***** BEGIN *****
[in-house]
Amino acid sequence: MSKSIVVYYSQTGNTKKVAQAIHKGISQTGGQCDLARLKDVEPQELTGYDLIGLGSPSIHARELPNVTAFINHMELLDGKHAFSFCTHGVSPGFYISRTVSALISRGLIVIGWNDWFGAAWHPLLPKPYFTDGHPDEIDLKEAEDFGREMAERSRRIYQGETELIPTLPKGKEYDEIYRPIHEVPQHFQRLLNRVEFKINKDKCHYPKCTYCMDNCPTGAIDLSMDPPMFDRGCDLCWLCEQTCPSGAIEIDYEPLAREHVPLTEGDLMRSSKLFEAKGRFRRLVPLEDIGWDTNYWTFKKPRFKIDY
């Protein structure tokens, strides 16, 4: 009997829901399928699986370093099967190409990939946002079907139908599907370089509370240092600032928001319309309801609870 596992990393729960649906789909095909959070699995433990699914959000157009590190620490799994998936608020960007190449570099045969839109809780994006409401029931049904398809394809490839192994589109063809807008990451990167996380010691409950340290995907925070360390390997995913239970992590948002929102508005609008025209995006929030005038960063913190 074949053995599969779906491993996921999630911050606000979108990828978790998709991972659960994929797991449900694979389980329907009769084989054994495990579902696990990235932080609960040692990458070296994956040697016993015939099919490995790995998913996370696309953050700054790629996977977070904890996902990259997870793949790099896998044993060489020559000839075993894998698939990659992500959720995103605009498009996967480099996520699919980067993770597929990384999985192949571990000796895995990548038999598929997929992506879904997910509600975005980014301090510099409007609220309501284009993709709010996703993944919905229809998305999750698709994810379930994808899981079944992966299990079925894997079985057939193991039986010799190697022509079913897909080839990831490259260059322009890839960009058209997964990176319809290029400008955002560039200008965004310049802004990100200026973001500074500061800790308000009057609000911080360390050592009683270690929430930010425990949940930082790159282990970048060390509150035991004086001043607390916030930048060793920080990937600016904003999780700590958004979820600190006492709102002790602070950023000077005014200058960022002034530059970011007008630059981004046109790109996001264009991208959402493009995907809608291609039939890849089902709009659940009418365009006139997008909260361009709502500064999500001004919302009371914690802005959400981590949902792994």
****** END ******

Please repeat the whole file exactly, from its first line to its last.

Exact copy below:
[in-house]
Amino acid sequence: MSKSIVVYYSQTGNTKKVAQAIHKGISQTGGQCDLARLKDVEPQELTGYDLIGLGSPSIHARELPNVTAFINHMELLDGKHAFSFCTHGVSPGFYISRTVSALISRGLIVIGWNDWFGAAWHPLLPKPYFTDGHPDEIDLKEAEDFGREMAERSRRIYQGETELIPTLPKGKEYDEIYRPIHEVPQHFQRLLNRVEFKINKDKCHYPKCTYCMDNCPTGAIDLSMDPPMFDRGCDLCWLCEQTCPSGAIEIDYEPLAREHVPLTEGDLMRSSKLFEAKGRFRRLVPLEDIGWDTNYWTFKKPRFKIDY
């Protein structure tokens, strides 16, 4: 009997829901399928699986370093099967190409990939946002079907139908599907370089509370240092600032928001319309309801609870 596992990393729960649906789909095909959070699995433990699914959000157009590190620490799994998936608020960007190449570099045969839109809780994006409401029931049904398809394809490839192994589109063809807008990451990167996380010691409950340290995907925070360390390997995913239970992590948002929102508005609008025209995006929030005038960063913190 074949053995599969779906491993996921999630911050606000979108990828978790998709991972659960994929797991449900694979389980329907009769084989054994495990579902696990990235932080609960040692990458070296994956040697016993015939099919490995790995998913996370696309953050700054790629996977977070904890996902990259997870793949790099896998044993060489020559000839075993894998698939990659992500959720995103605009498009996967480099996520699919980067993770597929990384999985192949571990000796895995990548038999598929997929992506879904997910509600975005980014301090510099409007609220309501284009993709709010996703993944919905229809998305999750698709994810379930994808899981079944992966299990079925894997079985057939193991039986010799190697022509079913897909080839990831490259260059322009890839960009058209997964990176319809290029400008955002560039200008965004310049802004990100200026973001500074500061800790308000009057609000911080360390050592009683270690929430930010425990949940930082790159282990970048060390509150035991004086001043607390916030930048060793920080990937600016904003999780700590958004979820600190006492709102002790602070950023000077005014200058960022002034530059970011007008630059981004046109790109996001264009991208959402493009995907809608291609039939890849089902709009659940009418365009006139997008909260361009709502500064999500001004919302009371914690802005959400981590949902792994």